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Adv Genet. 2014;87:71-124. doi: 10.1016/B978-0-12-800149-3.00002-0.

Clinical applications involving CNS gene transfer.

Author information

1
Department of Pharmacology, Physiology, and Neuroscience, University of South Carolina, Columbia, SC, USA.
2
Gene Therapy Center, University of North Carolina at Chapel Hill, Chapel Hill, NC, USA; Department of Psychiatry, University of North Carolina at Chapel Hill, Chapel Hill, NC, USA.
3
Department of Cell Biology, Rowan University, Camden, NJ, USA.
4
Gene Therapy Center, University of North Carolina at Chapel Hill, Chapel Hill, NC, USA; Department of Ophthalmology, University of North Carolina at Chapel Hill, Chapel Hill, NC, USA.

Abstract

Diseases of the central nervous system (CNS) have traditionally been the most difficult to treat by traditional pharmacological methods, due mostly to the blood-brain barrier and the difficulties associated with repeated drug administration targeting the CNS. Viral vector gene transfer represents a way to permanently provide a therapeutic protein within the nervous system after a single administration, whether this be a gene replacement strategy for an inherited disorder or a disease-modifying protein for a disease such as Parkinson's. Gene therapy approaches for CNS disorders has evolved considerably over the last two decades. Although a breakthrough treatment has remained elusive, current strategies are now considerably safer and potentially much more effective. This chapter will explore the past, current, and future status of CNS gene therapy, focusing on clinical trials utilizing adeno-associated virus and lentiviral vectors.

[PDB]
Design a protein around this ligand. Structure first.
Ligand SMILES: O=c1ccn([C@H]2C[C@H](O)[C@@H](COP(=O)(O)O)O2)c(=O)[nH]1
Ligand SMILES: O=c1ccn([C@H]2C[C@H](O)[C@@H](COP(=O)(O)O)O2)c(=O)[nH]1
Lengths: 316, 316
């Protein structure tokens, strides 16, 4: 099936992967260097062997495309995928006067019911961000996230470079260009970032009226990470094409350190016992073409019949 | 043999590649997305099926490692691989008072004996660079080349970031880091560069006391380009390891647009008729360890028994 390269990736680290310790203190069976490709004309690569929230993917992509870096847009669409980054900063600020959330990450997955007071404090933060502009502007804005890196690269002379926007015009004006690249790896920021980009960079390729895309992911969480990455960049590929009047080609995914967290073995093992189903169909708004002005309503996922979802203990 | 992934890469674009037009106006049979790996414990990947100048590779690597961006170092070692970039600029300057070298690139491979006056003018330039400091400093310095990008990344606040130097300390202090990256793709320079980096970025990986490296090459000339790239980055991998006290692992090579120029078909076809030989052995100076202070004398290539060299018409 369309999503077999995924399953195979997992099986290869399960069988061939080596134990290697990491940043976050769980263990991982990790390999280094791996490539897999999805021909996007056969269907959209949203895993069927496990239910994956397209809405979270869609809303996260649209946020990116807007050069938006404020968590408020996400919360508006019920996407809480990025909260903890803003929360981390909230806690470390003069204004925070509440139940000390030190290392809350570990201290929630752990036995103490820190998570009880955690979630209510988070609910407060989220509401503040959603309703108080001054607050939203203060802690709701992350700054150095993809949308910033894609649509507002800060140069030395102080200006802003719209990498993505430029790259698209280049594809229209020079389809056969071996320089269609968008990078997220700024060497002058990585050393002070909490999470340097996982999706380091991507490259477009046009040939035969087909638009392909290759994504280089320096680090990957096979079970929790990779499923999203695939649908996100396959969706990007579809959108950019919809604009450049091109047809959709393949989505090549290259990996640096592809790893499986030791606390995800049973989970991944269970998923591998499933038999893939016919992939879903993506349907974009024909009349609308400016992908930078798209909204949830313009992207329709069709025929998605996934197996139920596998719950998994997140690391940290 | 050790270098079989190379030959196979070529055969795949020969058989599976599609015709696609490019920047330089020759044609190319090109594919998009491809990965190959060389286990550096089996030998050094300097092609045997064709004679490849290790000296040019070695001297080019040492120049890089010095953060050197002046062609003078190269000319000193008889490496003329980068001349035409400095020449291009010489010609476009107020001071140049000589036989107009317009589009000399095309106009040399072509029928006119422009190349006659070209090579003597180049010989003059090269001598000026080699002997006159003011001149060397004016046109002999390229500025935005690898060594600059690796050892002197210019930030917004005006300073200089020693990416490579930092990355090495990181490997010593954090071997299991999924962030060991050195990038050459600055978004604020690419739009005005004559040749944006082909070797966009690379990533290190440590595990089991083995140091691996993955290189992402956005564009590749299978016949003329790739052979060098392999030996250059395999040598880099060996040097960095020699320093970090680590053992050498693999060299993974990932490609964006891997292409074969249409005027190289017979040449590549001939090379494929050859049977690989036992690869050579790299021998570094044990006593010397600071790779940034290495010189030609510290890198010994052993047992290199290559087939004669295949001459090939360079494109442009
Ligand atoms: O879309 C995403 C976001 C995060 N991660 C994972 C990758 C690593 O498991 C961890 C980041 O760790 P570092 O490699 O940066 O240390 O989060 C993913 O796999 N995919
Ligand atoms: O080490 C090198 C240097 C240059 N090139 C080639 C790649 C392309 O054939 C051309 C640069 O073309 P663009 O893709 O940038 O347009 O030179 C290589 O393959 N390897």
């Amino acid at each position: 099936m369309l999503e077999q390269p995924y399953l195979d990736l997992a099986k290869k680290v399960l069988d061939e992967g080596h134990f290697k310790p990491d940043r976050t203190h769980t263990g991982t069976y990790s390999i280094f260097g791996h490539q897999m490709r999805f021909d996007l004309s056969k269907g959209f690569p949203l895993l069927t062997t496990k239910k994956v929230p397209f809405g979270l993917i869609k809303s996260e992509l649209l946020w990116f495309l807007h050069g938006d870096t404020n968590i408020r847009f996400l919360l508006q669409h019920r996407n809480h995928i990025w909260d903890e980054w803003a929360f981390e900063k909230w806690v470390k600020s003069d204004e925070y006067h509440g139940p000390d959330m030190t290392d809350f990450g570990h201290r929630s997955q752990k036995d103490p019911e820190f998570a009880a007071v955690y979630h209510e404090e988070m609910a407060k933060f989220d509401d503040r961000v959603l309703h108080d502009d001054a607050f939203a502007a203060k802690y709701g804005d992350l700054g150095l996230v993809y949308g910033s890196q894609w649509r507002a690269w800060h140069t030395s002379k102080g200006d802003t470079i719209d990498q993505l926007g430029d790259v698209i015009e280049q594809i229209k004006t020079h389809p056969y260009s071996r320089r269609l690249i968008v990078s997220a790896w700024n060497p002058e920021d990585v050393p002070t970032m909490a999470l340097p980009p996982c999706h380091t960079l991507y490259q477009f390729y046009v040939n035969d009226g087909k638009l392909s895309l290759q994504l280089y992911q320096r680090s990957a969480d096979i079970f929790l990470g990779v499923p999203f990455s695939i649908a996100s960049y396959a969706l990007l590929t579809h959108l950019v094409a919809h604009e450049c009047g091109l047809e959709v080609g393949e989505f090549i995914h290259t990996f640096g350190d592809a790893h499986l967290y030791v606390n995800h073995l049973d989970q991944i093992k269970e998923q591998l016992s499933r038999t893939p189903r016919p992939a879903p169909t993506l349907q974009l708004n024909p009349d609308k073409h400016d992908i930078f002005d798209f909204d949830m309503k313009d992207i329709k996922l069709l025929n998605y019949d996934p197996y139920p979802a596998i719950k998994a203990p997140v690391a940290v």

KEYWORDS:

AAV; CNS; Canavan disease; Clinical trial; Gene therapy; Lentivirus; Parkinson's disease; Retrovirus; Vector

[Indexed for MEDLINE]
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